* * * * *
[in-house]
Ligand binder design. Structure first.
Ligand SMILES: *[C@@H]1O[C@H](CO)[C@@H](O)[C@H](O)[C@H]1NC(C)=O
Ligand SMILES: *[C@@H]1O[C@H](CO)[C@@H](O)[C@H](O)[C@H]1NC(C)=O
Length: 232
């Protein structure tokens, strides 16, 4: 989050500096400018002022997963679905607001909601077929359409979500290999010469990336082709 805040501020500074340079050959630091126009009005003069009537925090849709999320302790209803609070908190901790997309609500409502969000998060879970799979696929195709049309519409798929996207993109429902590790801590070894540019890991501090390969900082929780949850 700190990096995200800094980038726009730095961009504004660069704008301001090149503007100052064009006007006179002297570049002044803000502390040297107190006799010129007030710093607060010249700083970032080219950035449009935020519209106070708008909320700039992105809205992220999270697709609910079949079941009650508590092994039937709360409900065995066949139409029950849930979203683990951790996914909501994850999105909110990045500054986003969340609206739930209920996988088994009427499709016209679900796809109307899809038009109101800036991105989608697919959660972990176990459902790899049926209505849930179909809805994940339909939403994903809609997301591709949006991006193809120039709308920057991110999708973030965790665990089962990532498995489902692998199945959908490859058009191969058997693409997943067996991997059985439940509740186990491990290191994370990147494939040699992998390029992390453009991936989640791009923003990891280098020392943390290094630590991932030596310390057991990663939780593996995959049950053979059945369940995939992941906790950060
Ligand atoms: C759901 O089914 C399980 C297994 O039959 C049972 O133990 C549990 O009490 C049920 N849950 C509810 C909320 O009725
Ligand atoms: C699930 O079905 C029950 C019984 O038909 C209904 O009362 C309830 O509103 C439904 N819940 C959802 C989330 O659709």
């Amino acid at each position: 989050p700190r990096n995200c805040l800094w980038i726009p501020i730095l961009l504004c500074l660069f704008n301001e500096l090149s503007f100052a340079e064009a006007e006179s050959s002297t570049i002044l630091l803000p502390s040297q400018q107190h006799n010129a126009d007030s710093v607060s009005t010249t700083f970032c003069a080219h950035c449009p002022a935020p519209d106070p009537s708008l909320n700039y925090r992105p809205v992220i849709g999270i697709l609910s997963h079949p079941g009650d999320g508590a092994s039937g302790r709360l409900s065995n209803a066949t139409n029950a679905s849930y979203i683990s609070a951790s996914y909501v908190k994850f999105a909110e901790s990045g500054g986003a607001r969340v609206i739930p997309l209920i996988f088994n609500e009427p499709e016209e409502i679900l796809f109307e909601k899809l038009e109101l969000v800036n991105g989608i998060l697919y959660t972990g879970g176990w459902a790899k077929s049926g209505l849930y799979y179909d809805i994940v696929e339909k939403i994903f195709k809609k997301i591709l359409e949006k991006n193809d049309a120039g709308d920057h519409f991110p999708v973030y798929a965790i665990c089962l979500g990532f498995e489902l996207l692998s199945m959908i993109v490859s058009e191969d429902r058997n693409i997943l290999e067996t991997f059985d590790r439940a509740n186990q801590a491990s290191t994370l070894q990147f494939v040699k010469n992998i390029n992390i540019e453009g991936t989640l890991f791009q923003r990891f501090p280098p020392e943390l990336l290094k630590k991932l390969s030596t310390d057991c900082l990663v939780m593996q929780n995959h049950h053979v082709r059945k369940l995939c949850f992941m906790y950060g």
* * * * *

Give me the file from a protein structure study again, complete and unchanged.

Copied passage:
[in-house]
Ligand binder design. Structure first.
Ligand SMILES: *[C@@H]1O[C@H](CO)[C@@H](O)[C@H](O)[C@H]1NC(C)=O
Ligand SMILES: *[C@@H]1O[C@H](CO)[C@@H](O)[C@H](O)[C@H]1NC(C)=O
Length: 232
């Protein structure tokens, strides 16, 4: 989050500096400018002022997963679905607001909601077929359409979500290999010469990336082709 805040501020500074340079050959630091126009009005003069009537925090849709999320302790209803609070908190901790997309609500409502969000998060879970799979696929195709049309519409798929996207993109429902590790801590070894540019890991501090390969900082929780949850 700190990096995200800094980038726009730095961009504004660069704008301001090149503007100052064009006007006179002297570049002044803000502390040297107190006799010129007030710093607060010249700083970032080219950035449009935020519209106070708008909320700039992105809205992220999270697709609910079949079941009650508590092994039937709360409900065995066949139409029950849930979203683990951790996914909501994850999105909110990045500054986003969340609206739930209920996988088994009427499709016209679900796809109307899809038009109101800036991105989608697919959660972990176990459902790899049926209505849930179909809805994940339909939403994903809609997301591709949006991006193809120039709308920057991110999708973030965790665990089962990532498995489902692998199945959908490859058009191969058997693409997943067996991997059985439940509740186990491990290191994370990147494939040699992998390029992390453009991936989640791009923003990891280098020392943390290094630590991932030596310390057991990663939780593996995959049950053979059945369940995939992941906790950060
Ligand atoms: C759901 O089914 C399980 C297994 O039959 C049972 O133990 C549990 O009490 C049920 N849950 C509810 C909320 O009725
Ligand atoms: C699930 O079905 C029950 C019984 O038909 C209904 O009362 C309830 O509103 C439904 N819940 C959802 C989330 O659709």
């Amino acid at each position: 989050p700190r990096n995200c805040l800094w980038i726009p501020i730095l961009l504004c500074l660069f704008n301001e500096l090149s503007f100052a340079e064009a006007e006179s050959s002297t570049i002044l630091l803000p502390s040297q400018q107190h006799n010129a126009d007030s710093v607060s009005t010249t700083f970032c003069a080219h950035c449009p002022a935020p519209d106070p009537s708008l909320n700039y925090r992105p809205v992220i849709g999270i697709l609910s997963h079949p079941g009650d999320g508590a092994s039937g302790r709360l409900s065995n209803a066949t139409n029950a679905s849930y979203i683990s609070a951790s996914y909501v908190k994850f999105a909110e901790s990045g500054g986003a607001r969340v609206i739930p997309l209920i996988f088994n609500e009427p499709e016209e409502i679900l796809f109307e909601k899809l038009e109101l969000v800036n991105g989608i998060l697919y959660t972990g879970g176990w459902a790899k077929s049926g209505l849930y799979y179909d809805i994940v696929e339909k939403i994903f195709k809609k997301i591709l359409e949006k991006n193809d049309a120039g709308d920057h519409f991110p999708v973030y798929a965790i665990c089962l979500g990532f498995e489902l996207l692998s199945m959908i993109v490859s058009e191969d429902r058997n693409i997943l290999e067996t991997f059985d590790r439940a509740n186990q801590a491990s290191t994370l070894q990147f494939v040699k010469n992998i390029n992390i540019e453009g991936t989640l890991f791009q923003r990891f501090p280098p020392e943390l990336l290094k630590k991932l390969s030596t310390d057991c900082l990663v939780m593996q929780n995959h049950h053979v082709r059945k369940l995939c949850f992941m906790y950060g």